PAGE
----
These data are subject to limitations. While the type of drink can be an important factor in total estimated calories, no information was available on the type of drinks typically consumed by students in the sample. Calorie information on mixed drinks was not included in the analysis, given the variability in types of mixes and proportions, so our estimates did not include the additional calories that would also be consumed from the added mix (i.e. soft drinks or juice). Many common cocktails can contain up to 490 calories per drink,Footnote 30 which further suggests that our estimates are very conservative. The estimates given were also based on standard drink sizes. There is the potential for underestimation of total calories consumed if drinks are made larger than the standard size. For example, one pint of regular beer may be viewed as a single drink by respondents despite being the equivalent of 1.66 standard drinks. Additional information on the types of drinks commonly consumed would allow for more accurate estimation of calorie intake.

These results are based on a secondary data analysis from a sample that is not nationally representative. Thus, the drinking patterns identified here may not be representative of all Canadian youth. Furthermore, due to the secondary nature of the analysis, the available measures to assess drinking and binge drinking frequency do not allow for specific measurements of alcohol intake. Additional information is needed on the number of drinks typically consumed per occasion, along with more exact frequencies of the number of drinking and binge drinking occasions.

There are numerous health risks associated with binge drinking during adolescence.Footnote 31 While this study focussed on the potential additional caloric intake from alcohol consumption, there are many other negative immediate and long-term consequences of underage drinking that warrant consideration in public health interventions and education initiatives.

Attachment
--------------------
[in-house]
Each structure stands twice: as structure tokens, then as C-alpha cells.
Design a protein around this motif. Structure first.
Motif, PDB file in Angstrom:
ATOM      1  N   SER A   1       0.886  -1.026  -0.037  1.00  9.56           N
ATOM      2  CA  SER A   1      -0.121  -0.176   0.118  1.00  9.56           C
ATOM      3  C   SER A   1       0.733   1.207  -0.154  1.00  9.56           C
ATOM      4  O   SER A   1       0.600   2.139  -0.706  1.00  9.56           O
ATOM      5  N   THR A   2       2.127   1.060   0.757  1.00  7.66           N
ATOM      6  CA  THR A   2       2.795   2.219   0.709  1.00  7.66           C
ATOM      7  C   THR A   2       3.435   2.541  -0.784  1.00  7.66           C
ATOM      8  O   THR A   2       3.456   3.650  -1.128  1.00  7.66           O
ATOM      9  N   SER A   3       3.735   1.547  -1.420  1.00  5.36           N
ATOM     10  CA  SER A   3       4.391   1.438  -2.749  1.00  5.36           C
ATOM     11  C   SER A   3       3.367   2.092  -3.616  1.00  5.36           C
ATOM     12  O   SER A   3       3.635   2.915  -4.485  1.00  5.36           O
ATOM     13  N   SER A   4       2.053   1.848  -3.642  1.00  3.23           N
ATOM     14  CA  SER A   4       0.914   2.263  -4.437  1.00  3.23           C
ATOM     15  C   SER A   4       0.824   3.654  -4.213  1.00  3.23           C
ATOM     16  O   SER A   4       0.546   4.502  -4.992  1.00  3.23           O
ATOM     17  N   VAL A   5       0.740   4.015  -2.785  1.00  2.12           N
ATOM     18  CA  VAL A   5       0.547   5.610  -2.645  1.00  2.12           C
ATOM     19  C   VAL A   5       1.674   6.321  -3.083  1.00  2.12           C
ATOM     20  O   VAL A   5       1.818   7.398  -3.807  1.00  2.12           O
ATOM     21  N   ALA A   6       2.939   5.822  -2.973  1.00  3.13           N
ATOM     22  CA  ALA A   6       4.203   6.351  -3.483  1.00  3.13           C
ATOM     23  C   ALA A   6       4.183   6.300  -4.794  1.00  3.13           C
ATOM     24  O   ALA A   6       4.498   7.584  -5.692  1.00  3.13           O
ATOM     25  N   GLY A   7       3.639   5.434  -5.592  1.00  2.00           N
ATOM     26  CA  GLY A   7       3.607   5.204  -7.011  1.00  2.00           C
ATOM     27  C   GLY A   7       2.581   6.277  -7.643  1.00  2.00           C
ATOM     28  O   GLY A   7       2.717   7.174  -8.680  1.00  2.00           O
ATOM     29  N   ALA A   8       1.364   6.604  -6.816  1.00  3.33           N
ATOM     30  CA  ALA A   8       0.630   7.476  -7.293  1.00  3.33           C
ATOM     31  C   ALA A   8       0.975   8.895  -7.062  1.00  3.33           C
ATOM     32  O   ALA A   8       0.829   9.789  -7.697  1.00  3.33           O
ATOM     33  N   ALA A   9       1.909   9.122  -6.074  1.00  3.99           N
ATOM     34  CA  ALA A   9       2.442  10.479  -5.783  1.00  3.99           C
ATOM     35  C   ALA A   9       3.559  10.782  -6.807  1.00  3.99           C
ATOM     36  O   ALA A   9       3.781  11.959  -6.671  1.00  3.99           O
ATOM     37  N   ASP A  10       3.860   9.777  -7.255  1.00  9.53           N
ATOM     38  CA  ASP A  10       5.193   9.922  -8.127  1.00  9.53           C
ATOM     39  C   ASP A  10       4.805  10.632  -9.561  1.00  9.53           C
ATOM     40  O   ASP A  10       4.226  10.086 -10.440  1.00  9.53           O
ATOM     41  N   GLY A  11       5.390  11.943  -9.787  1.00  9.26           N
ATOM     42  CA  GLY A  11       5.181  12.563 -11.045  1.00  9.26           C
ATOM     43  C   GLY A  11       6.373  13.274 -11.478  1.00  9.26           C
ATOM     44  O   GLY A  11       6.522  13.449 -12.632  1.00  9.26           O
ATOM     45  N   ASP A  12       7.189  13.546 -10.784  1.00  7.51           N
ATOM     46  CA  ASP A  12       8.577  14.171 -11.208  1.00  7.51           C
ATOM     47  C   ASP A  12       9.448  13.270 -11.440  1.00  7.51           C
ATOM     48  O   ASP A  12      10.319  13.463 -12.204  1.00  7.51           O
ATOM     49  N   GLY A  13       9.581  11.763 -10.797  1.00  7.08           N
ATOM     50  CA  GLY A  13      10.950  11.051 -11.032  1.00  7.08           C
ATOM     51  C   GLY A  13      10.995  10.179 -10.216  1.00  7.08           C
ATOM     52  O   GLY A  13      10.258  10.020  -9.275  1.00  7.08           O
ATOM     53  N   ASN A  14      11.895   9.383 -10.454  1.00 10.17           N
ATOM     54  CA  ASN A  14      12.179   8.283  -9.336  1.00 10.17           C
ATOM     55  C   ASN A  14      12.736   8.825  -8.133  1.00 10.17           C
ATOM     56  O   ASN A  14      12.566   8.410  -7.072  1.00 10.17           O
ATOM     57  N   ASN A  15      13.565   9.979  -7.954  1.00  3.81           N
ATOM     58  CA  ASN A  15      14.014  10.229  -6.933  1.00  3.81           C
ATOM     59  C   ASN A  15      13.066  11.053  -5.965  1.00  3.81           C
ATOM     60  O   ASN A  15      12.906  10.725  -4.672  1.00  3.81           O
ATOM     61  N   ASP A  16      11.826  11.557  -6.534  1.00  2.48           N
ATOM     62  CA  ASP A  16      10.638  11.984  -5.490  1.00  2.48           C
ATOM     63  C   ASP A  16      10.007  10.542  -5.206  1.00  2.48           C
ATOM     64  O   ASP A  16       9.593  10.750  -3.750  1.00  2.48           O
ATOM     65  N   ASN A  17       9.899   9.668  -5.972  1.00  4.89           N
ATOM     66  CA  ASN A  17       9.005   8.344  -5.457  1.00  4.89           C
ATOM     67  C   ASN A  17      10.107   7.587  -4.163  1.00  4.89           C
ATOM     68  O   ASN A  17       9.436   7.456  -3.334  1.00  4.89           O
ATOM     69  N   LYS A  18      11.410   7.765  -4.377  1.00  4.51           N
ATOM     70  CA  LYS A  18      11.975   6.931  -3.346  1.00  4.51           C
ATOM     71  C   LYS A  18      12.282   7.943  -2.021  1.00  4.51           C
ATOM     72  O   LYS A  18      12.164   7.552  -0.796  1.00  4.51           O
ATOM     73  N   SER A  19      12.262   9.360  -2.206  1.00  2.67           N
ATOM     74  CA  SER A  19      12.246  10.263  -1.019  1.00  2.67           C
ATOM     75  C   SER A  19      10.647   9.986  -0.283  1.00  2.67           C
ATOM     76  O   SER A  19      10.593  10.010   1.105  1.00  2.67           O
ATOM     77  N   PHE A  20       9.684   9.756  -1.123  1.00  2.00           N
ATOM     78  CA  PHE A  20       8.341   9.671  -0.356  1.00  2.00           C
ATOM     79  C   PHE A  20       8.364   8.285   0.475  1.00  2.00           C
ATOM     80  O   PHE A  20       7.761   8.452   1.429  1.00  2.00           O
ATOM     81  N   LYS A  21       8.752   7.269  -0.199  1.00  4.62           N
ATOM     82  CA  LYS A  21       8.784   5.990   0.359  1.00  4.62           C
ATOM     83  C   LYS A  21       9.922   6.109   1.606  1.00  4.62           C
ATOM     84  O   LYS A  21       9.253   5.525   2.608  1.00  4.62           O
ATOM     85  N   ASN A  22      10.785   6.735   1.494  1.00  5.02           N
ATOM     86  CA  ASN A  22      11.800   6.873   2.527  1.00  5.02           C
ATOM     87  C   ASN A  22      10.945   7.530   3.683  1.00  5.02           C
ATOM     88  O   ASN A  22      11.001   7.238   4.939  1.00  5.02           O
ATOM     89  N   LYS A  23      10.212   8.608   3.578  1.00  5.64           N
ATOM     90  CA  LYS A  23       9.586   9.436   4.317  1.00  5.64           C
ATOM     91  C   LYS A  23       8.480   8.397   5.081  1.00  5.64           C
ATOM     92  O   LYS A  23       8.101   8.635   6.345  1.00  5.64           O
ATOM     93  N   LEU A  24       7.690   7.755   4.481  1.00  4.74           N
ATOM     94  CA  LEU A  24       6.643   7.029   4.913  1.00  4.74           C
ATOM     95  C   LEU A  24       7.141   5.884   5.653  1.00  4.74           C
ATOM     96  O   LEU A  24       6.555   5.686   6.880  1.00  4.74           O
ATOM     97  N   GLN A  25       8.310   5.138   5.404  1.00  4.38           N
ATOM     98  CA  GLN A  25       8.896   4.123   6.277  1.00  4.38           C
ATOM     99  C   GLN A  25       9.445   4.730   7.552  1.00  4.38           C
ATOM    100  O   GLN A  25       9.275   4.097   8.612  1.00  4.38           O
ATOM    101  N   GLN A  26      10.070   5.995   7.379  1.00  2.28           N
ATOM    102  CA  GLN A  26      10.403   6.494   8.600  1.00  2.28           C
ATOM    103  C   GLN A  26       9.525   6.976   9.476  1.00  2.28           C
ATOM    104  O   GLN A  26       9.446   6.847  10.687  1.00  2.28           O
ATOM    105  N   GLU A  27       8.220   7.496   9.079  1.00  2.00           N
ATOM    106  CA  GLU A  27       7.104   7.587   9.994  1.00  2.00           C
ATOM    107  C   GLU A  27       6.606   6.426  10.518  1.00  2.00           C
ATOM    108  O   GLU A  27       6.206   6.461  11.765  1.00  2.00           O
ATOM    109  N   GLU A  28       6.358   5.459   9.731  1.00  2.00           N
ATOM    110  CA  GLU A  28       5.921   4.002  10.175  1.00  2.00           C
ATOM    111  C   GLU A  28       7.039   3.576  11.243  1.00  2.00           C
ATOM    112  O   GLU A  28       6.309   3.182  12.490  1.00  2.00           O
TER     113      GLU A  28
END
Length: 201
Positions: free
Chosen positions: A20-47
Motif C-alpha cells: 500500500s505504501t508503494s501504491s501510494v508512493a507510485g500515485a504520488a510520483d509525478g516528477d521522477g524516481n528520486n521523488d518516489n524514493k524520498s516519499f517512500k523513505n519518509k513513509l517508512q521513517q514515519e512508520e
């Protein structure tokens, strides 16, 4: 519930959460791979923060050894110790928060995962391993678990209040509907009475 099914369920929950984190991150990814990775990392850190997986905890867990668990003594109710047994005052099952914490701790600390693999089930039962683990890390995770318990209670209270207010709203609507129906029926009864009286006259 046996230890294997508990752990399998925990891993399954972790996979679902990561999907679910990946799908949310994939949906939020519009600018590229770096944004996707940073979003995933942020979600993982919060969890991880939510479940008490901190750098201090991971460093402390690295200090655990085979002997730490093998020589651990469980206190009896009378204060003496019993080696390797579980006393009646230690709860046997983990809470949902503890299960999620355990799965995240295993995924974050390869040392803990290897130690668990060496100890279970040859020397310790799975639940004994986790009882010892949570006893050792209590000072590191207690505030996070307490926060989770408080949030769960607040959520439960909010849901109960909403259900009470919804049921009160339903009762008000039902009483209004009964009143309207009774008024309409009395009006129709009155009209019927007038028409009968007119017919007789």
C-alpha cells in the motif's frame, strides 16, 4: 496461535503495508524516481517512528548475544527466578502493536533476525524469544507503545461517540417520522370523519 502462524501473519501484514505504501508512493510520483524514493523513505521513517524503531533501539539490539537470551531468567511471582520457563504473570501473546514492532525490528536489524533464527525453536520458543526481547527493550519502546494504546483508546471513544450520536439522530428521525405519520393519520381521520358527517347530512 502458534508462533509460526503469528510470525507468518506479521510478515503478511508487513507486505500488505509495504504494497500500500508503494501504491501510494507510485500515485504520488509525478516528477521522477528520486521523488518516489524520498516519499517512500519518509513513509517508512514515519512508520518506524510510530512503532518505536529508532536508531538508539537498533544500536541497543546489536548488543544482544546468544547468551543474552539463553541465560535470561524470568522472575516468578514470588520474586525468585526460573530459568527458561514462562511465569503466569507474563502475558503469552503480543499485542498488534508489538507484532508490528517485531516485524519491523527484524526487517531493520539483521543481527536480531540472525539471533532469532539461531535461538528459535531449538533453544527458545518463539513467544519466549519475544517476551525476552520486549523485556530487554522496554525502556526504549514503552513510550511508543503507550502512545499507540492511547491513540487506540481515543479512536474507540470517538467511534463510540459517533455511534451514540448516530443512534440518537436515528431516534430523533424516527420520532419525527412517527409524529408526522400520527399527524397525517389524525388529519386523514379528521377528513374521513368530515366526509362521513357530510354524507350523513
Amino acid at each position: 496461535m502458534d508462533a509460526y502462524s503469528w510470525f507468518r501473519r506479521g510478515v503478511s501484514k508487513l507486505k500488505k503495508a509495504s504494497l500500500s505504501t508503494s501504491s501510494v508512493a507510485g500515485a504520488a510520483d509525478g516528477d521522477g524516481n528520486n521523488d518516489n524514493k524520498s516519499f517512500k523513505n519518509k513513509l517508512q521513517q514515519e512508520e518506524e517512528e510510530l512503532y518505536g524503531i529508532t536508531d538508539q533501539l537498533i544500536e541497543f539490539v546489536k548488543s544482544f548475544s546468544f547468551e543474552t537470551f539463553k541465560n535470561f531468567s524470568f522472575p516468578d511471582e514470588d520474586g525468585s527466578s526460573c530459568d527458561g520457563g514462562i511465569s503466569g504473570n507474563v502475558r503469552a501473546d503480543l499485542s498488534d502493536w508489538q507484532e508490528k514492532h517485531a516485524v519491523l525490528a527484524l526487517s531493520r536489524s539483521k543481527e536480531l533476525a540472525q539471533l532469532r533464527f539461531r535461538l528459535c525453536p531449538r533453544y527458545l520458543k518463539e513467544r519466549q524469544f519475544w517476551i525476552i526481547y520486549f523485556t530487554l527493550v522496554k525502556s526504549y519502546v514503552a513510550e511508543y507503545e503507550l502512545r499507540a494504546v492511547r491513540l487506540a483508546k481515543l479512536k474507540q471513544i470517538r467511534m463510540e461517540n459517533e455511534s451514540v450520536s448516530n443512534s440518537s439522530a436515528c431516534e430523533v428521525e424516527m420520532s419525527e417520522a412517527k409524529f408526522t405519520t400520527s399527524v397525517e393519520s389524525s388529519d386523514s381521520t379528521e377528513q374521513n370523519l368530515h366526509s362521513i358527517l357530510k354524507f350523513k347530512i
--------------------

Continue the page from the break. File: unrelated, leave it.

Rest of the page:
Conclusion

Despite the limitations discussed, this analysis has highlighted the need for researchers and stakeholders to consider alcohol more closely as a modifiable risk factor for overweight and obesity among youth. The high prevalence of frequent alcohol consumption and binge drinking by youth in this study, and the substantial number of calories contained in alcoholic beverages, suggest alcohol may be a key component of the obesity discussion that should not be overlooked.

Acknowledgements

The COMPASS study was supported by a bridge grant from the Canadian Institutes of Health Research (CIHR) Institute of Nutrition, Metabolism and Diabetes (INMD) through the "Obesity-- Interventions to Prevent or Treat" priority funding awards (OOP-110788; grant awarded to S. T. Leatherdale) and an operating grant from the CIHR Institute of Population and Public Health (IPPH) (MOP-114875; grant awarded to S. T. Leatherdale). Dr. Leatherdale is a Chair in Applied Public Health funded by the Public Health Agency of Canada (PHAC) in partnership with the CIHR Institute of Neurosciences, Mental Health and Addiction (INMHA) and IPPH.

Conflicts of interest

The authors state that they have no competing interests in this work.

Authors' contributions

KB performed the analyses, interpreted the results, wrote the first draft of the introduction and methods, and worked on drafting sections of the discussion for this manuscript. SL conceived the manuscript idea, led the COMPASS host study, wrote sections of the discussion, and edited all portions of the manuscript.